Making my first IR LED panel. Need advice.

Discussion in 'The Projects Forum' started by forzal, Jul 19, 2016.

  1. forzal

    Thread Starter New Member

    Jul 19, 2016
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    I am about to finish my project, which is a night vision camera. I removed the IR filter from a digital camera, and now I need to make some IR light panel. I bought a torch with 9 LEDs for long range, and i want to make a LED panel for spread lighting. I have very basic knowledge about electronics, my plan was to simply weld all LEDs in parallel, and power them with a battery. I searched for DIY LED panel instructions, and although it makes sense, I became a bit confused after I saw that everybody uses resistors in their projects. The circuit board in the torch had only 9 LEDs on it, nothing else. I guess i will leave it just like that, but id like to do a better work on the panel if needed. Are resistors needed for safety reasons? Or they prolong LED life? I attached an image with the planned panel (48 LEDs), and the specification of my IR LEDs. I planned to power them with one non-rechargeable AA battery. Do you have any suggestions?

    Forward Voltage : 1.5v - 1.6v
    Forward Current : 60mA
     
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  2. AnalogKid

    Distinguished Member

    Aug 1, 2013
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    Like all diodes, LEDs require external current limiting or they can destroy themselves trying to suck down all of the current available from the power source. Some LEDs have it built-in, but not many. Most flashlights have a small circuit board with the current control circuit or resistors.

    One AA battery will not power any LEDs, let alone a bunch of them. It has barely enough output voltage to turn on an IR LED, and at 60 mA per LED it would be drained in minutes. Here is how to proceed:
    1. Determine how many LEDs you want. Your image shows 48. Is that the real number?
    2. Without getting into the current limiting stuff yet, calculate the power required to light all of them at once.
    3. Consider your options for a power source that can drive the array for your minimum time period.

    Now the fun starts. The most efficient way to run a bunch of LEDs is to wire them in series, not parallel. This is because there needs to be only one current limiting circuit per series string, and each current limiter dissipates power. 12 LEDs in parallel need 12 current limiters. Two parallel strings of 6 LEDs each need only two current limiters. BUT, the more LEDs in series, the higher the operating voltage. Life is choice.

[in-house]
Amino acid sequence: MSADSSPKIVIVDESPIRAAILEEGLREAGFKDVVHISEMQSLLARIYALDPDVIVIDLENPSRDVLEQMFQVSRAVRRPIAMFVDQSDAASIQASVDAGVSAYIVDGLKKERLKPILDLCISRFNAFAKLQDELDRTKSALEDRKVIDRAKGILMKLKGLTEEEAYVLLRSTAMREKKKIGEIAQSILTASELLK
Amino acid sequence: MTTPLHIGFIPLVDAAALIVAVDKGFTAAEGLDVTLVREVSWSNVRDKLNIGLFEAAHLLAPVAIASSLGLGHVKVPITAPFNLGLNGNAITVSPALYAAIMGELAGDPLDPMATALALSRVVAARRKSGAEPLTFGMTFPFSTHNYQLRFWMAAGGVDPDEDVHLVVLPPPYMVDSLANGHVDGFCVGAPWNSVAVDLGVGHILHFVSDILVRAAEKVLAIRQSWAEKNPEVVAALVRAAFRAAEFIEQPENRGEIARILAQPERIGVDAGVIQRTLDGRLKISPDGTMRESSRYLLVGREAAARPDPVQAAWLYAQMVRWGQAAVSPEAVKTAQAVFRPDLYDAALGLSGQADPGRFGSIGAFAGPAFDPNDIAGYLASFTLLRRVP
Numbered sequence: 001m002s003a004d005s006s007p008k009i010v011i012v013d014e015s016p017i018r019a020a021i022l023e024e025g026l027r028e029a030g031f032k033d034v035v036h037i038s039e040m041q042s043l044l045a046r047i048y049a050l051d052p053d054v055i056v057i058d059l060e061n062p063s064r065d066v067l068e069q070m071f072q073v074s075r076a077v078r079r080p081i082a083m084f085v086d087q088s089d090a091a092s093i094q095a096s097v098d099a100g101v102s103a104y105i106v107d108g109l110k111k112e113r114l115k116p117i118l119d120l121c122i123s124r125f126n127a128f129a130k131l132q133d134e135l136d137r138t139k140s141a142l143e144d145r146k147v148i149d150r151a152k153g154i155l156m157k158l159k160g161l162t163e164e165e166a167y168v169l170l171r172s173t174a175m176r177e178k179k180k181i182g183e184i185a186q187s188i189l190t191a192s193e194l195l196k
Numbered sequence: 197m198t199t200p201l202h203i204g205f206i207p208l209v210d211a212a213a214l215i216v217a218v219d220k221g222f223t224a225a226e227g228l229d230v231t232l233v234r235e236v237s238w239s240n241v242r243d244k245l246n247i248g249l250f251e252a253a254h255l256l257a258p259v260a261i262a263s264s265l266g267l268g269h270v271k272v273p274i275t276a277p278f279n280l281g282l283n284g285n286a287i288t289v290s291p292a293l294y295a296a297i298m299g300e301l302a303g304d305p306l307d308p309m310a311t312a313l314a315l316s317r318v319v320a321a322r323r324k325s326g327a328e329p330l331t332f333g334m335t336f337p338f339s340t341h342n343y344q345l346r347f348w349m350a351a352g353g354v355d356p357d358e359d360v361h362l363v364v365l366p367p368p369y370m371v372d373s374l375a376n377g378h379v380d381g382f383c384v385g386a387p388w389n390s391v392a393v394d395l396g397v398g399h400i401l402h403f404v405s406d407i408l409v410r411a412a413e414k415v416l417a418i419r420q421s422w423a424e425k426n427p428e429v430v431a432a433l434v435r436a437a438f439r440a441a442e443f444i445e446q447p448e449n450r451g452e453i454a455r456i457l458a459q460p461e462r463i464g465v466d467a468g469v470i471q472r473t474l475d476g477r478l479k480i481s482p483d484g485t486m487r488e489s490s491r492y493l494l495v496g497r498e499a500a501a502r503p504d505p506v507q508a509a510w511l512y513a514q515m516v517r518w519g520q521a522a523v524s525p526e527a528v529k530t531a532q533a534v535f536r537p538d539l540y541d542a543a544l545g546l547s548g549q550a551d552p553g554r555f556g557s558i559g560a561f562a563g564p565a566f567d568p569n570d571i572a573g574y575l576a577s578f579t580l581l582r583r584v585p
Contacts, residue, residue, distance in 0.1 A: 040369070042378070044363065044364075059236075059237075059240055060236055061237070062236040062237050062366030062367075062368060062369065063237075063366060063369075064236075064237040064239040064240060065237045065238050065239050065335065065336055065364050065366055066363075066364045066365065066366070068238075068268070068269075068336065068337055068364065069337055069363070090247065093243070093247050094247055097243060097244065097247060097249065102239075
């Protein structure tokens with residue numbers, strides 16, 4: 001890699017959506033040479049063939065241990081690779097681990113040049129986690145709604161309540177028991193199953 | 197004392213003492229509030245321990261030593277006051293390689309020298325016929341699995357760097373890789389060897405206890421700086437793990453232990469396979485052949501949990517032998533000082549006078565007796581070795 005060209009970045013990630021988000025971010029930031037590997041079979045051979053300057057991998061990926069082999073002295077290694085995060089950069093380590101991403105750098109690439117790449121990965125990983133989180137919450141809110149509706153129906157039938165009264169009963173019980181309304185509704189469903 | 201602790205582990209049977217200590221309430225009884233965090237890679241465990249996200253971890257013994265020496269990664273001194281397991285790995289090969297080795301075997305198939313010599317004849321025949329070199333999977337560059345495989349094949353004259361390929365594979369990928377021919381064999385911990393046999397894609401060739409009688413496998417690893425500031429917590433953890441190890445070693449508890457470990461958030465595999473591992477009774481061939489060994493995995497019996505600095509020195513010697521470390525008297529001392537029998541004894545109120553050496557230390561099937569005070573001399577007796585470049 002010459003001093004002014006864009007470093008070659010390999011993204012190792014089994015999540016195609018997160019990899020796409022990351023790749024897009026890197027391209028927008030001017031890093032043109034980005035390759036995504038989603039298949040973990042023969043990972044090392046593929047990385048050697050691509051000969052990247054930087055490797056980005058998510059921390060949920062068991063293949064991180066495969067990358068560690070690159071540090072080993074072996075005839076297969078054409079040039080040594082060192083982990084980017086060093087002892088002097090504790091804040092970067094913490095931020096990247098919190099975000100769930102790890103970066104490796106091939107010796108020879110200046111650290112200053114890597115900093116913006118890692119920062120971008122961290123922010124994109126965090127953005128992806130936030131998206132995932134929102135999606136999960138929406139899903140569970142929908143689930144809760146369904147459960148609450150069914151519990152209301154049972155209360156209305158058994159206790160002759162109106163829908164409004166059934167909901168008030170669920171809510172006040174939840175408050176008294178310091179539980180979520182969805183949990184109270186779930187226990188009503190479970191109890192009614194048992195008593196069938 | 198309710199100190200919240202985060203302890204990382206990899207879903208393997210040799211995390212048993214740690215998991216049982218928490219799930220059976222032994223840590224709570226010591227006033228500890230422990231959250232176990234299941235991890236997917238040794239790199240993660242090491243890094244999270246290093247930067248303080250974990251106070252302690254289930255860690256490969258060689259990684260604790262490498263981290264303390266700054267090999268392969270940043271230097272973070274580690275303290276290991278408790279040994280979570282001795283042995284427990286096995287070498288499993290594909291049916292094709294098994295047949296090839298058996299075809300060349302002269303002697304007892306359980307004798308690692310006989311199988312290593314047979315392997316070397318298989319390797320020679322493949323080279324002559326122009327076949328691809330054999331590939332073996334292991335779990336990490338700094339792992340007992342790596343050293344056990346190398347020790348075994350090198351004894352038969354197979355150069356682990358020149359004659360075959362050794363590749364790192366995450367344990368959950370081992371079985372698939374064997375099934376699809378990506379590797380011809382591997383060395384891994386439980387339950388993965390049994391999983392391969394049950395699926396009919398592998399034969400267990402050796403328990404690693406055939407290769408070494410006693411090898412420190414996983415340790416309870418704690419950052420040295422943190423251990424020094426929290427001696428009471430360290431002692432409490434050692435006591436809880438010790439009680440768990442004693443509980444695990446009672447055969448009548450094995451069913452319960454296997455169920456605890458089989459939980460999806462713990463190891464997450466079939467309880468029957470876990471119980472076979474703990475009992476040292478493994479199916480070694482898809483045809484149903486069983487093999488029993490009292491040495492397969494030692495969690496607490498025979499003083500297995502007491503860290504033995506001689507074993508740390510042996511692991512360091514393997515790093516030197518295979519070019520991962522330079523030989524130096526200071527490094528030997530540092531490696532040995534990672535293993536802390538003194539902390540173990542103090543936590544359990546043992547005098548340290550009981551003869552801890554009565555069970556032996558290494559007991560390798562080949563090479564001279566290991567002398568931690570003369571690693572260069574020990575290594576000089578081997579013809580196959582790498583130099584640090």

Work through this much and come back with your next round of questions.

    ak
     
  3. hp1729

    Well-Known Member

    Nov 23, 2015
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    My flashlight also is just LEDs and batteries but about once a year I have to replace the LEDs. Not a good design but it works.
    3 LEDs fitting your description in series comes to 4.5 V, leaving 0.5 V to drop across a resistor. At 60 mA that means an 8.2 ohm resistor. Fitting that into your 8 x 6 array it comes to 16 strings of three LEDs, each with a resistor, comes to just about 1 Amp at 5 Volts.
     
  4. Bernard

    AAC Fanatic!

    Aug 7, 2008
    4,170
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    For my 5V bench supply I use 4 X rechargeable Duracell NiMH AA cells rated at 2650 Ah.
     
  5. hp1729

    Well-Known Member

    Nov 23, 2015
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    Okay for testing it at the bench but not for operation.
     
  6. DickCappels

    Moderator

    Aug 21, 2008
    2,647
    631
    Just a note: Since the purpose of this array is to provide illumination for a camera, you might want the light to be spread over a large angle. Each LED will project its light over the angle specified (for example 20°) and if all of the LEDs are pointing in the same direction, you will get a "beam" slightly larger than 20°. You might want to have the LEDs pointing in slightly different directions so that they will cover a larger area with some desirable degree of overlap.

    To allow you to experiment with various arrangements you might want to leave 1 cm or so of lead length so the individual LEDs can be pointed to customize your beam.

    By the way, try to minimize exposing your eyes to the beam as this is said to contribute to the formation of cataracts. http://www.ncbi.nlm.nih.gov/pubmed/6091398
     
  7. Bernard

    AAC Fanatic!

    Aug 7, 2008
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    Re DC: One member mounted his IR LEDs on a section of hemispherical plastic bowl to spread the light a bit.
    Believe it was around 25 LEDs using a 12V Gel Cell 2.5 Ah battery. He was satisfied with result.
     
  8. forzal

    Thread Starter New Member

    Jul 19, 2016
    2
    0
    Thank you so much for your help. I think I will go with the 16 strings of three LEDs (+ resistors) arrangement. I was thinking about the power source to drive the panel, and I did this rough calculation: 48x60mA=2880mA... does that mean, a set of 2300mA rechargeable batteries would last about 3/4 of an hour?

    Thank you DickCappels for the warning about exposure, I didn't know yet IR is harmful for your eyes!
     
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